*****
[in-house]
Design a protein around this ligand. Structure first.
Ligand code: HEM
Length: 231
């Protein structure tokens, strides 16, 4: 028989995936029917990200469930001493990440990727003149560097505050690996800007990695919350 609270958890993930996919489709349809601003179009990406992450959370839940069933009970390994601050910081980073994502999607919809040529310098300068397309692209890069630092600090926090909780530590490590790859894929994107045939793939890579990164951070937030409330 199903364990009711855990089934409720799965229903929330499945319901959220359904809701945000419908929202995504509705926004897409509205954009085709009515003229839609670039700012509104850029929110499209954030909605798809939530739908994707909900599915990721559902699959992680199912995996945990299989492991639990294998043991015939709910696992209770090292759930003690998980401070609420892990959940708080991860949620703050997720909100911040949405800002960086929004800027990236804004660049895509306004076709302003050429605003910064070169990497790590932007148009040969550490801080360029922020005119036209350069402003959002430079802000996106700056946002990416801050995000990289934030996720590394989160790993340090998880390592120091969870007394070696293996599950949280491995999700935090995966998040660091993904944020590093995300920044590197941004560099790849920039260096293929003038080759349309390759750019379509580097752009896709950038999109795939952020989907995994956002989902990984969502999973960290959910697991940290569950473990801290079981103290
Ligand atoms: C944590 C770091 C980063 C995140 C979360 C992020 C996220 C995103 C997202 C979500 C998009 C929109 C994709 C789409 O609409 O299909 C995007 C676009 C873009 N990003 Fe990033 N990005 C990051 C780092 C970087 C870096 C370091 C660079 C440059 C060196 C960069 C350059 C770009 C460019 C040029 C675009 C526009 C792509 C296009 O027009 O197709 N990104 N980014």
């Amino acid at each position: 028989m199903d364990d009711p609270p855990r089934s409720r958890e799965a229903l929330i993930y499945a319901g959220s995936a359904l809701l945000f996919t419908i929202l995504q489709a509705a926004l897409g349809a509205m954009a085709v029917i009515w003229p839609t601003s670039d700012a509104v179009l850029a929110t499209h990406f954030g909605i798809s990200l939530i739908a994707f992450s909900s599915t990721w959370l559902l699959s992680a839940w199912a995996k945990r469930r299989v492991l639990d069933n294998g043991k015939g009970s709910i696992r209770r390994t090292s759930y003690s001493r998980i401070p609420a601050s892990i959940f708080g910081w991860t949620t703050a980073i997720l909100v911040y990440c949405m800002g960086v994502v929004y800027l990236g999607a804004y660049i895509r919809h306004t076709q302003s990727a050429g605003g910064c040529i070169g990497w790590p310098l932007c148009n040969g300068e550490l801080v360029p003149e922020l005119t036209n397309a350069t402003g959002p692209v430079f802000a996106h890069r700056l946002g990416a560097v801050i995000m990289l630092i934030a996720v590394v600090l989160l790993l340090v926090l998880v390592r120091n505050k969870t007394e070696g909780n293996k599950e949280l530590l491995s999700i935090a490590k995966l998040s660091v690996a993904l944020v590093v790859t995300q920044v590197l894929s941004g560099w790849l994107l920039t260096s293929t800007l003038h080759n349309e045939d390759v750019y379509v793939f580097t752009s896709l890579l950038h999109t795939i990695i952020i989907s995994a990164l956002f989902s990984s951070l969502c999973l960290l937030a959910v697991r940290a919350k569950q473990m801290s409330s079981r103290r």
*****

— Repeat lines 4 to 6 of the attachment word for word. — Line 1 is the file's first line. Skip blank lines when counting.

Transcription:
Length: 231
């Protein structure tokens, strides 16, 4: 028989995936029917990200469930001493990440990727003149560097505050690996800007990695919350 609270958890993930996919489709349809601003179009990406992450959370839940069933009970390994601050910081980073994502999607919809040529310098300068397309692209890069630092600090926090909780530590490590790859894929994107045939793939890579990164951070937030409330 199903364990009711855990089934409720799965229903929330499945319901959220359904809701945000419908929202995504509705926004897409509205954009085709009515003229839609670039700012509104850029929110499209954030909605798809939530739908994707909900599915990721559902699959992680199912995996945990299989492991639990294998043991015939709910696992209770090292759930003690998980401070609420892990959940708080991860949620703050997720909100911040949405800002960086929004800027990236804004660049895509306004076709302003050429605003910064070169990497790590932007148009040969550490801080360029922020005119036209350069402003959002430079802000996106700056946002990416801050995000990289934030996720590394989160790993340090998880390592120091969870007394070696293996599950949280491995999700935090995966998040660091993904944020590093995300920044590197941004560099790849920039260096293929003038080759349309390759750019379509580097752009896709950038999109795939952020989907995994956002989902990984969502999973960290959910697991940290569950473990801290079981103290
Ligand atoms: C944590 C770091 C980063 C995140 C979360 C992020 C996220 C995103 C997202 C979500 C998009 C929109 C994709 C789409 O609409 O299909 C995007 C676009 C873009 N990003 Fe990033 N990005 C990051 C780092 C970087 C870096 C370091 C660079 C440059 C060196 C960069 C350059 C770009 C460019 C040029 C675009 C526009 C792509 C296009 O027009 O197709 N990104 N980014």